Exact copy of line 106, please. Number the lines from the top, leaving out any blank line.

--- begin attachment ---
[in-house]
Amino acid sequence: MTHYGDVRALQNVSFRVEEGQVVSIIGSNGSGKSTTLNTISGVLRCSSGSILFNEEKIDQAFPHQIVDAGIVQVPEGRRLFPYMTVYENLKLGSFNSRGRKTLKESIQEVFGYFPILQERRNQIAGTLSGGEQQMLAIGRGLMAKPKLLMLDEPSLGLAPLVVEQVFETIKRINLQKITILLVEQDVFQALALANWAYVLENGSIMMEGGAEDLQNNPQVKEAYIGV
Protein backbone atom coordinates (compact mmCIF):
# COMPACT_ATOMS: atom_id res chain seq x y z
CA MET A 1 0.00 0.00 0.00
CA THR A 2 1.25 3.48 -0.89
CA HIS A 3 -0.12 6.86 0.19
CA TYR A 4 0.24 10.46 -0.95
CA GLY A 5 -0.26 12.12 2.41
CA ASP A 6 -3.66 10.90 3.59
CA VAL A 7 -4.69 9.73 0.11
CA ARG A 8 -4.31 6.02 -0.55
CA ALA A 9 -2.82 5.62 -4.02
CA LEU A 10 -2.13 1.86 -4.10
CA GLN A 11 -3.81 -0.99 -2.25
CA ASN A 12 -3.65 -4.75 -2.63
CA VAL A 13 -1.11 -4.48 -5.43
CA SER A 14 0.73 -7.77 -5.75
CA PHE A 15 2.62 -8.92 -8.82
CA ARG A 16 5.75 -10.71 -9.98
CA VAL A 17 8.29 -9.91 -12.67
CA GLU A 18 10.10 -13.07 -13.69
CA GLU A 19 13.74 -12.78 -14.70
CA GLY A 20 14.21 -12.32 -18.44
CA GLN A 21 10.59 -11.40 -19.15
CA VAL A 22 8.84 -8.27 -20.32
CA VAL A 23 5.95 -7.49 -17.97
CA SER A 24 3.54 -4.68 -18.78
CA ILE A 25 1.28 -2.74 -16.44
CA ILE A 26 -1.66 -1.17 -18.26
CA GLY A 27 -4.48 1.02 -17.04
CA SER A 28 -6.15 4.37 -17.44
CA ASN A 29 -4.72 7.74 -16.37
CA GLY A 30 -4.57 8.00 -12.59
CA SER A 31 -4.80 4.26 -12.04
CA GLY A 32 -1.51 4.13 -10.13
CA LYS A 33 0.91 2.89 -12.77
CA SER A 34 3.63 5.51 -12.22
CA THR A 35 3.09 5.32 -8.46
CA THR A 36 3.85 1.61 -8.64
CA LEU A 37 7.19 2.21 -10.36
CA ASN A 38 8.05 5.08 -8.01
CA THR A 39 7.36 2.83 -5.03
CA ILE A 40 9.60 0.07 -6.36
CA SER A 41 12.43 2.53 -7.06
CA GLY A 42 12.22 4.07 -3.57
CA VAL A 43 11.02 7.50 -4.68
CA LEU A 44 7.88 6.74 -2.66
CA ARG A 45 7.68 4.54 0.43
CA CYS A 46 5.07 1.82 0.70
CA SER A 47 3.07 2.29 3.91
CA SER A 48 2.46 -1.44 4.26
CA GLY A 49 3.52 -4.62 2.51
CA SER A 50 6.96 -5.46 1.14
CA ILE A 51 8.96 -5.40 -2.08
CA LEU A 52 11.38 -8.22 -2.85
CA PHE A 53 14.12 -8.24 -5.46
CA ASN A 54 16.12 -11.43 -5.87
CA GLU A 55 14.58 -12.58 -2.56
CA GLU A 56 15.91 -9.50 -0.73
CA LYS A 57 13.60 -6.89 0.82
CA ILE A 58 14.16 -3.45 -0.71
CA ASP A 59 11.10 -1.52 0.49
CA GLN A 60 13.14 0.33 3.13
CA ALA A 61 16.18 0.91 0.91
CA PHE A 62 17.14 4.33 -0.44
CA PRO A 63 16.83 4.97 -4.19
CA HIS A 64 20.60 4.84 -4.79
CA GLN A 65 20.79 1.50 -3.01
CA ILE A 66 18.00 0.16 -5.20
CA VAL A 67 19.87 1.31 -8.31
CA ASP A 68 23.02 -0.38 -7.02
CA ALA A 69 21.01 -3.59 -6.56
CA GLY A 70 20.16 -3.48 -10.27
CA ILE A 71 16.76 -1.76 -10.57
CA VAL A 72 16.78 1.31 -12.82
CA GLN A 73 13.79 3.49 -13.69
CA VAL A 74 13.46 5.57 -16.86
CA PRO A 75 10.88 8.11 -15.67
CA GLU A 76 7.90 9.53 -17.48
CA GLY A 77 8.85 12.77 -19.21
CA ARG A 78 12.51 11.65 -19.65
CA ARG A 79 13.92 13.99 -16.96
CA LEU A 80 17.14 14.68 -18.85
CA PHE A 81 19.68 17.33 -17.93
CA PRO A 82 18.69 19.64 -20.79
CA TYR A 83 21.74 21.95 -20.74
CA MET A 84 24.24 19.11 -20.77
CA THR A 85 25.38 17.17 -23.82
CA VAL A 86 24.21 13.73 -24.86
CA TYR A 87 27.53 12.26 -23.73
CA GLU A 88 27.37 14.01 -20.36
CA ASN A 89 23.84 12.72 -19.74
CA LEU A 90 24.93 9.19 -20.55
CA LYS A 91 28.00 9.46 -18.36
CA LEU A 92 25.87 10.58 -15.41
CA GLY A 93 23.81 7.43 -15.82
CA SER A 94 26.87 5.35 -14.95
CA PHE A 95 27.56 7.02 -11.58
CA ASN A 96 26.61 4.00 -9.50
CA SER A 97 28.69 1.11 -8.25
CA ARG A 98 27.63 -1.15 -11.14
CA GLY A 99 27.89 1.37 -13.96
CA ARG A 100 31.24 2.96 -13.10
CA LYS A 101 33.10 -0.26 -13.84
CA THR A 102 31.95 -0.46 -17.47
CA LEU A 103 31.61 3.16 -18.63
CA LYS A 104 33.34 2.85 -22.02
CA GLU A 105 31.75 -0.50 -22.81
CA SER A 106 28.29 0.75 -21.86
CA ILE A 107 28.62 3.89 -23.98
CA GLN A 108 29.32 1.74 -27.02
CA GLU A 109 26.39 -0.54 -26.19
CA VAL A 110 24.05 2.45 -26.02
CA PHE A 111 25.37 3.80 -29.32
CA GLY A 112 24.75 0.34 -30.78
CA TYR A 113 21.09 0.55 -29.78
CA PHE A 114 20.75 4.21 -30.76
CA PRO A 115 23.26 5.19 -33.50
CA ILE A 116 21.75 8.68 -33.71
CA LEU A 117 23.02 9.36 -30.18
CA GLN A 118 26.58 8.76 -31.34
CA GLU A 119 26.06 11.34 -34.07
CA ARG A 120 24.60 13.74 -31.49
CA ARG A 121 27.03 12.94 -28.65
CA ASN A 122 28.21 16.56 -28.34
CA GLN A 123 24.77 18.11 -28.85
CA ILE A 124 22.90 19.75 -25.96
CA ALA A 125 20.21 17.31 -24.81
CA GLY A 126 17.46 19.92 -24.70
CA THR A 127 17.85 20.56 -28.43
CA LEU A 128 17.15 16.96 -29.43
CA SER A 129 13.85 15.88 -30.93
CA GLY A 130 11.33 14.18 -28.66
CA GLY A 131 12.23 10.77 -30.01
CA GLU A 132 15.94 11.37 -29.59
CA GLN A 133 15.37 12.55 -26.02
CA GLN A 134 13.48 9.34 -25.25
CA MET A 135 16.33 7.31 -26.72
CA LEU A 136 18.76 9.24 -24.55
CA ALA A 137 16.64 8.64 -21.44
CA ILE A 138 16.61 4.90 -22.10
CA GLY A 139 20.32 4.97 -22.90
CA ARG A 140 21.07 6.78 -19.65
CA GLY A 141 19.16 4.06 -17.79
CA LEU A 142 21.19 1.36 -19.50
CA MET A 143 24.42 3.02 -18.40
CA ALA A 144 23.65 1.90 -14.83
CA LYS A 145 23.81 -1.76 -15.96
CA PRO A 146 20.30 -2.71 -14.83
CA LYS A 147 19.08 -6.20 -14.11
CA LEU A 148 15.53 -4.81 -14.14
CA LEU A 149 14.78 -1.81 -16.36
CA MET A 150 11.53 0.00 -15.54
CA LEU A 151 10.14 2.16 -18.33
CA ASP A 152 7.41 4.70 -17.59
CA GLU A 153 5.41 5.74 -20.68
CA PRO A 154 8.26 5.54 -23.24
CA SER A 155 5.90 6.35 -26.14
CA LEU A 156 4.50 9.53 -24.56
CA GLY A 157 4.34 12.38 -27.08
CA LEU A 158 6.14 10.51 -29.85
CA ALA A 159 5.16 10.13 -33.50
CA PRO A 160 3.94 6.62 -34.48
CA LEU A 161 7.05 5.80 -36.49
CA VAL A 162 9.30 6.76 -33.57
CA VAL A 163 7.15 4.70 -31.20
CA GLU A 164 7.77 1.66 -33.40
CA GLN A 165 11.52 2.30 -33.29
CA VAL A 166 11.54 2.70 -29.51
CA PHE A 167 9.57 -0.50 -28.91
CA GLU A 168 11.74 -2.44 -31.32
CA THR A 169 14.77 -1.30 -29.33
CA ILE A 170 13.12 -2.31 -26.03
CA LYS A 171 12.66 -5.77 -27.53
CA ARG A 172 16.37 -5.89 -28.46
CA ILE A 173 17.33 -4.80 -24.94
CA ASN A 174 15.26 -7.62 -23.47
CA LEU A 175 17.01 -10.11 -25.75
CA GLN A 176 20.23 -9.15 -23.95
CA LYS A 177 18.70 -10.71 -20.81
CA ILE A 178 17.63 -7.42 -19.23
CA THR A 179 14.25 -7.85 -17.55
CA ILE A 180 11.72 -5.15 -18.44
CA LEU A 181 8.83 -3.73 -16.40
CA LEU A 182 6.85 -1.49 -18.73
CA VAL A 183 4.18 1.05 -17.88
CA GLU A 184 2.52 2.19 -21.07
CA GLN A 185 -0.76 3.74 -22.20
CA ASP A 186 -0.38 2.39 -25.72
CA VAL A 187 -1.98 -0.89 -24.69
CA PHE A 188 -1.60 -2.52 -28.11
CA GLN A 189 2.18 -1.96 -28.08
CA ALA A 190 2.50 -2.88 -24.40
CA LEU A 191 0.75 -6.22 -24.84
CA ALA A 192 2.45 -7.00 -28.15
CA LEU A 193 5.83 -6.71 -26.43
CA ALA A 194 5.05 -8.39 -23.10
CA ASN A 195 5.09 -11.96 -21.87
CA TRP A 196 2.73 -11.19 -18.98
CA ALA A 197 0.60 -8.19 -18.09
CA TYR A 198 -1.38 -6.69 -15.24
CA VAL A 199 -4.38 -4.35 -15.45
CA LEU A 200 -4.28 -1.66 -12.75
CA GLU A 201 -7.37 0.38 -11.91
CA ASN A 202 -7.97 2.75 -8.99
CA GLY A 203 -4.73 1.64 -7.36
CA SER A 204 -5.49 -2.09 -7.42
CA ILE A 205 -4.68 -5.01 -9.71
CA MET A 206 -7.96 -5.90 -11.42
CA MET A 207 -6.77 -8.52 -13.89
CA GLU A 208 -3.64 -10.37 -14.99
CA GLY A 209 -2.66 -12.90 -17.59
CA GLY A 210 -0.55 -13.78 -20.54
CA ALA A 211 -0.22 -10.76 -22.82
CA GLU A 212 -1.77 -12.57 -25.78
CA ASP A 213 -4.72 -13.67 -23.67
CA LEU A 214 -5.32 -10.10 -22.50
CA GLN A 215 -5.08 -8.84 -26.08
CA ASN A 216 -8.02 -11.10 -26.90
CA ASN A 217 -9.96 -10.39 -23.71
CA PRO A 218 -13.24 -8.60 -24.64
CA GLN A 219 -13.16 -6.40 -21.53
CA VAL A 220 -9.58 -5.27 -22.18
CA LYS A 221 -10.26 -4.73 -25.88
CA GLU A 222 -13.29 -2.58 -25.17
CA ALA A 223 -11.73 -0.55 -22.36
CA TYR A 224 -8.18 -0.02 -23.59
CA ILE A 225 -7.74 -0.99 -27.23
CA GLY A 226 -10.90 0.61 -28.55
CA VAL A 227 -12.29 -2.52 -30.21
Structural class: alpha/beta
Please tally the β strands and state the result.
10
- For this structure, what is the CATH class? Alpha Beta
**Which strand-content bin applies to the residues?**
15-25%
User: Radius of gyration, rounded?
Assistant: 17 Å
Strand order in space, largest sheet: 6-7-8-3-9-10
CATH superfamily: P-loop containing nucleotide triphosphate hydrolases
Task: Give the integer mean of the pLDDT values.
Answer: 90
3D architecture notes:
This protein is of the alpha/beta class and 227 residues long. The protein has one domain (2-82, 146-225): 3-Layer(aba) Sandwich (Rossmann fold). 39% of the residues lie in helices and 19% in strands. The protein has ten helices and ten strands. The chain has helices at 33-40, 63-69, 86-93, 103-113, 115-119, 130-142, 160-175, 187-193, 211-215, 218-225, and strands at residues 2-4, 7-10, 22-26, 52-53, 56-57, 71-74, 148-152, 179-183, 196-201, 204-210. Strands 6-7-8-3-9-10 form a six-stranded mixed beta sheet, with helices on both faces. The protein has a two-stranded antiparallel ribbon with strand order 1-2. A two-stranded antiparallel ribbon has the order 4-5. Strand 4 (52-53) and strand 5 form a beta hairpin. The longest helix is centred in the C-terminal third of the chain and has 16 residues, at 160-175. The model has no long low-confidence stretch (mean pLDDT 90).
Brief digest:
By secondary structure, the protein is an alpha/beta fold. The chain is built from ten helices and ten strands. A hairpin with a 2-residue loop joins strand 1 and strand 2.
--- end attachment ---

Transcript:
CA THR A 102 31.95 -0.46 -17.47